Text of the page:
Attorney General Jeff Sessions speaks at the Global Forum on Asset Recovery (GFAR) at the International Finance Corporation in Washington on Dec. 4.
Attorney General Jeff Sessions speaks at the Global Forum on Asset Recovery (GFAR) at the International Finance Corporation in Washington on Dec. 4. (Carolyn Kaster / Associated Press)

U.S. Attorney General Jeff Sessions and Department of Homeland Security Secretary Kirstjen M. Nielsen will address immigration enforcement and international gangs at a news conference in Baltimore on Tuesday.

Both issues have been central for the Trump administration, which has cracked down on immigrants entering the country illegally. Immigration agents arrested 143,470 inside the United States in the most recent fiscal year, a 25 percent increase over the previous fiscal year, DHS reported last week.

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Meanwhile, the Justice Department has touted the arrest and prosecution of members of the MS-13 gang, the best known of the gangs that originated in the 1980s among Central American immigrants in Los Angeles. MS-13 generally has been more active in Montgomery and Prince George's counties than in Baltimore.

The press conference will mark one of the first public events for Nielsen as secretary. She was confirmed by the Senate on Dec. 5.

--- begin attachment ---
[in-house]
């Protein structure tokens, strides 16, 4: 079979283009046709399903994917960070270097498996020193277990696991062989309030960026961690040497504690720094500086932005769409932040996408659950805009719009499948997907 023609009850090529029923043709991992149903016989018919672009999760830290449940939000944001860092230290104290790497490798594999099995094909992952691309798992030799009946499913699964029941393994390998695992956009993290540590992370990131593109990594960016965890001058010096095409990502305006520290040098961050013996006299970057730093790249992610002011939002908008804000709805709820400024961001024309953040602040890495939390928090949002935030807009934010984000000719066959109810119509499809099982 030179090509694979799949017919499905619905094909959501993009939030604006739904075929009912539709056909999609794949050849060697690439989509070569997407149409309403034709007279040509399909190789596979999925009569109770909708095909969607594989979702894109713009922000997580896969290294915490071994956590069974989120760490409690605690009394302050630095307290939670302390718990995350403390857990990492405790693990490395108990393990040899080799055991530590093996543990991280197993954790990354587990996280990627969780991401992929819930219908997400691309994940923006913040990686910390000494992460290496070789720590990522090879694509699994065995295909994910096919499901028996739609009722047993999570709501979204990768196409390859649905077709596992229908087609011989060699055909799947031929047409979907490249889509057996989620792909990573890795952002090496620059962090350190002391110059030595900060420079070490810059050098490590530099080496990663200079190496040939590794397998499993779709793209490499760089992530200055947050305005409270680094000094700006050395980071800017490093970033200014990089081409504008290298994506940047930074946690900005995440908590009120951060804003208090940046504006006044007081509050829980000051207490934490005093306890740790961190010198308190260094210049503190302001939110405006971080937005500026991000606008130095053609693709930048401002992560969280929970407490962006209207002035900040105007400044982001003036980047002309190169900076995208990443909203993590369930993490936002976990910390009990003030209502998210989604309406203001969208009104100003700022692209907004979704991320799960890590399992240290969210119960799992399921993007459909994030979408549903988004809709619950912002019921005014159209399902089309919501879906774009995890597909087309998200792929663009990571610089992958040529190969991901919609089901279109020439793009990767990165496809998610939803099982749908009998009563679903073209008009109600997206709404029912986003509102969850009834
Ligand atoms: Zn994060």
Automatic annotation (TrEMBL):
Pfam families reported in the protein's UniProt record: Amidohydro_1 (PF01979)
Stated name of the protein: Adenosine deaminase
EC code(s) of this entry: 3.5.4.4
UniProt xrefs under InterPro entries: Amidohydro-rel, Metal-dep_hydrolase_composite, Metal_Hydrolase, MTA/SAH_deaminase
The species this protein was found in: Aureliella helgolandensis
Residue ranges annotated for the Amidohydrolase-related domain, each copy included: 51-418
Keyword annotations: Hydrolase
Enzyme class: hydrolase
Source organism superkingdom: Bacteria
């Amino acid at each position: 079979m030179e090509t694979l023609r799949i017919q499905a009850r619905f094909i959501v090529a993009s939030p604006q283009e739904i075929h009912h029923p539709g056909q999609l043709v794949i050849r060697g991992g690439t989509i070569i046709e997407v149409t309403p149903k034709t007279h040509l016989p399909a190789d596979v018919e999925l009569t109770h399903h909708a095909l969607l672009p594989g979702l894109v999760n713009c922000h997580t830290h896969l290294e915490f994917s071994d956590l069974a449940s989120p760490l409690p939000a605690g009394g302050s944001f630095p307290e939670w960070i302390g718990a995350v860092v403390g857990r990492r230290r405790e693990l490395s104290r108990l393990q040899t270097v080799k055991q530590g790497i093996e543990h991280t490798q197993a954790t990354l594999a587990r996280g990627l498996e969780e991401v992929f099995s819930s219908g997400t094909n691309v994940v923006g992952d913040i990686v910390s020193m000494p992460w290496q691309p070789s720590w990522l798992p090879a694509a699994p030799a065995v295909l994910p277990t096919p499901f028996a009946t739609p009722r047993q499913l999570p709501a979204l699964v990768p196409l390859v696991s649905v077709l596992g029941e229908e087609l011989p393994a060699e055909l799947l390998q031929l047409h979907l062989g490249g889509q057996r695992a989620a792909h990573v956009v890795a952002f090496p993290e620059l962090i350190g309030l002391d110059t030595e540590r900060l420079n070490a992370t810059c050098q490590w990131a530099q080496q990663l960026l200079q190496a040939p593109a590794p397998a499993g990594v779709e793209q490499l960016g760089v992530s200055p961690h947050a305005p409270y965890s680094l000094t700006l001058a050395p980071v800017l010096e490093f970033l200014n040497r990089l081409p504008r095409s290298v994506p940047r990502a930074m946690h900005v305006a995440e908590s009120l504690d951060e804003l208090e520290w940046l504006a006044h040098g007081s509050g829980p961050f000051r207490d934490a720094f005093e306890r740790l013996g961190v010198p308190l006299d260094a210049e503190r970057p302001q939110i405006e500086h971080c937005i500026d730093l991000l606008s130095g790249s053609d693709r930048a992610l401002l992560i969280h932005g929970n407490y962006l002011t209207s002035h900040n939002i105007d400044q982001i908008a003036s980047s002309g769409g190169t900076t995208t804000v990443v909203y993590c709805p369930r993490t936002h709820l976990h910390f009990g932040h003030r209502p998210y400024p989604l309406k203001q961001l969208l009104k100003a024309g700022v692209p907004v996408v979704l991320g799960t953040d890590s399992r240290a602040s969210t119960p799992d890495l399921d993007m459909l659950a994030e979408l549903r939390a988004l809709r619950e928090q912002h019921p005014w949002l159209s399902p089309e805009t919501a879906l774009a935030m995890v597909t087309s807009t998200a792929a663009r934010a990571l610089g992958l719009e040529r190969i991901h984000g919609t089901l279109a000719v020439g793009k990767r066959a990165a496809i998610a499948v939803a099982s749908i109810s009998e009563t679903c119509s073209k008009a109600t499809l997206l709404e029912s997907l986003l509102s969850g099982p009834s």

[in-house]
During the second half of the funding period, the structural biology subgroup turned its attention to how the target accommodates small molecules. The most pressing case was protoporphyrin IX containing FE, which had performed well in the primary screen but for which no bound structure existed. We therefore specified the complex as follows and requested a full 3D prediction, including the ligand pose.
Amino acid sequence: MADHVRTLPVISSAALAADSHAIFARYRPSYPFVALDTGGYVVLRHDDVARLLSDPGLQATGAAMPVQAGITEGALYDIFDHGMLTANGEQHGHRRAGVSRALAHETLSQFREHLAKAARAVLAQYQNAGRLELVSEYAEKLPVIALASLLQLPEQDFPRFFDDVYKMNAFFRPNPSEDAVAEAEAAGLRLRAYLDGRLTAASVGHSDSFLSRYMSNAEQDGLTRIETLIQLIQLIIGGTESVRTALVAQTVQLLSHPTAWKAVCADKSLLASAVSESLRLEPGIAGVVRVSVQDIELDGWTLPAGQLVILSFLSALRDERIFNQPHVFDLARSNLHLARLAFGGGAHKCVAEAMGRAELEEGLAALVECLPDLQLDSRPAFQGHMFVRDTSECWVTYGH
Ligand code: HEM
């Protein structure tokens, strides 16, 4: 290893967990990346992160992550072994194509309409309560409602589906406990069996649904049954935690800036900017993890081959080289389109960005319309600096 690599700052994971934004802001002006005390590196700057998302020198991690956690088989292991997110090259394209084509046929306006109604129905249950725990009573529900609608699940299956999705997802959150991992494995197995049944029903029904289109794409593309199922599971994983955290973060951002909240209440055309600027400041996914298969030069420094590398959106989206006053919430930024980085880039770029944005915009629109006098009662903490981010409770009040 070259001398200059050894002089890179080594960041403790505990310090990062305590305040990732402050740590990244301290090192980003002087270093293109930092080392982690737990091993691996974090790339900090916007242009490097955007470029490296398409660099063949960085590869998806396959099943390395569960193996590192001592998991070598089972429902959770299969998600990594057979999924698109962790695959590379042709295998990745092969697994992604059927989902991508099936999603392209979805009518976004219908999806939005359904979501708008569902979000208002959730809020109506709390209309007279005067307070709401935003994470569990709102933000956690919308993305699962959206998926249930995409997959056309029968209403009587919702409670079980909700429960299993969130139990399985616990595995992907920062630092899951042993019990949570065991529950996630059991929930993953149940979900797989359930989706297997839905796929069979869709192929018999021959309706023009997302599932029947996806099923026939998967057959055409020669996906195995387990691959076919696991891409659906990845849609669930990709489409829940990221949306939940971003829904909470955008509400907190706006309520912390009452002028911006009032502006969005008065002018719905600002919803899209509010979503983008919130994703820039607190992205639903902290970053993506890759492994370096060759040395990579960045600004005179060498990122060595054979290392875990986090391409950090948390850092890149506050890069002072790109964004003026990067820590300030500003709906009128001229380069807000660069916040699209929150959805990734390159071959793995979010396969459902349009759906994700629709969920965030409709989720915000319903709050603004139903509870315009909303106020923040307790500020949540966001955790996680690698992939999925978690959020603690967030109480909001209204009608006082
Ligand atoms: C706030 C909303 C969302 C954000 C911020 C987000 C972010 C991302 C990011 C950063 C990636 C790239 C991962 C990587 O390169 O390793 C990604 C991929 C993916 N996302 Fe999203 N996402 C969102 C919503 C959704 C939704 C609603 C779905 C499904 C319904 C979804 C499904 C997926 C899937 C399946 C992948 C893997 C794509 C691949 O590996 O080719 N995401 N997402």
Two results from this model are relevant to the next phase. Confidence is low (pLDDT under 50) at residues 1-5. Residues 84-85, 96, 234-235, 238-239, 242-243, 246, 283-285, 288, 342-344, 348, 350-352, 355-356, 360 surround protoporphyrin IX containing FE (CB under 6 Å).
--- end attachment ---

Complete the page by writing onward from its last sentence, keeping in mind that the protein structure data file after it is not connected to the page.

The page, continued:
Federal authorities made dozens of requests to hold immigrants in Baltimore

Immigration agents have asked the Baltimore Central Booking and Intake Center to hold dozens of immigrants in custody, documents reviewed by The Baltimore Sun show.

Sessions has held similar events across the country this year. Speaking in Philadelphia in October, he said that MS-13 would be a top priority for a federal task force focused on organized crime. He used a speech in Miami over the summer to criticize Chicago for its so-called sanctuary policy in which local corrections officials limit cooperation with immigration agents.

The Trump administration’s stance on Baltimore’s immigration policies has been unclear. The Department of Homeland Security named the city a “sanctuary” in a report this year.

The Justice Department then sent a letter to city police in August asking officials to clarify the policy on when and how it would hold immigrants in the country illegally. That letter was sent in the context of a grant program that the city did not receive.

President Donald J. Trump had threatened repeatedly to withhold federal funding for sanctuary cities. But it is the state of Maryland that sets the policies for Baltimore’s jail, not the city.

It’s not clear whether the Justice Department was satisfied with the answers it received from Baltimore, though the city has received a number of federal grants from the Justice Department and other agencies since then.

Gov. Larry Hogan’s administration has not held immigrants in jail when requested by Immigration and Customs Enforcement because, the state says, it instead gives federal agents advance notice before those individuals are released so that they can pick them up as they leave the state’s custody.

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